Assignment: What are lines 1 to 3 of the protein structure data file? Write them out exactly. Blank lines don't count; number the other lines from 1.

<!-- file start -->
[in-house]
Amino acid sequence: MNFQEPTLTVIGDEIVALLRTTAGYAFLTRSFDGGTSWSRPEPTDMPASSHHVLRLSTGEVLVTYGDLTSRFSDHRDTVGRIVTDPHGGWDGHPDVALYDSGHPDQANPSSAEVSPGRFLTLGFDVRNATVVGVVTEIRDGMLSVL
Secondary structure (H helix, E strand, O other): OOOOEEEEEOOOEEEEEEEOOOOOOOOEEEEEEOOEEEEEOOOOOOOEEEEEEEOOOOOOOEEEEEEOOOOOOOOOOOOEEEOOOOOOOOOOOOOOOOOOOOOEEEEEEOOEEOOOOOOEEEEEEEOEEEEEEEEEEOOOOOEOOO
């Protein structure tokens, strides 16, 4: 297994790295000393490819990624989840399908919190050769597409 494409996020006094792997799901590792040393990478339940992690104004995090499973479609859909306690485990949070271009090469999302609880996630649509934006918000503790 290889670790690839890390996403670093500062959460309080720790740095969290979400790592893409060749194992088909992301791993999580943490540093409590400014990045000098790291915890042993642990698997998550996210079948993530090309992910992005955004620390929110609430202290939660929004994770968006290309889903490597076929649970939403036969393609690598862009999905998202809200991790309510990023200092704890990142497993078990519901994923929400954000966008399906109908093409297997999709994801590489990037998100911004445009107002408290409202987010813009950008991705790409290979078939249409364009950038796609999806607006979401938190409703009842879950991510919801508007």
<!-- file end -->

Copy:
[in-house]
Amino acid sequence: MNFQEPTLTVIGDEIVALLRTTAGYAFLTRSFDGGTSWSRPEPTDMPASSHHVLRLSTGEVLVTYGDLTSRFSDHRDTVGRIVTDPHGGWDGHPDVALYDSGHPDQANPSSAEVSPGRFLTLGFDVRNATVVGVVTEIRDGMLSVL
Secondary structure (H helix, E strand, O other): OOOOEEEEEOOOEEEEEEEOOOOOOOOEEEEEEOOEEEEEOOOOOOOEEEEEEEOOOOOOOEEEEEEOOOOOOOOOOOOEEEOOOOOOOOOOOOOOOOOOOOOEEEEEEOOEEOOOOOOEEEEEEEOEEEEEEEEEEOOOOOEOOO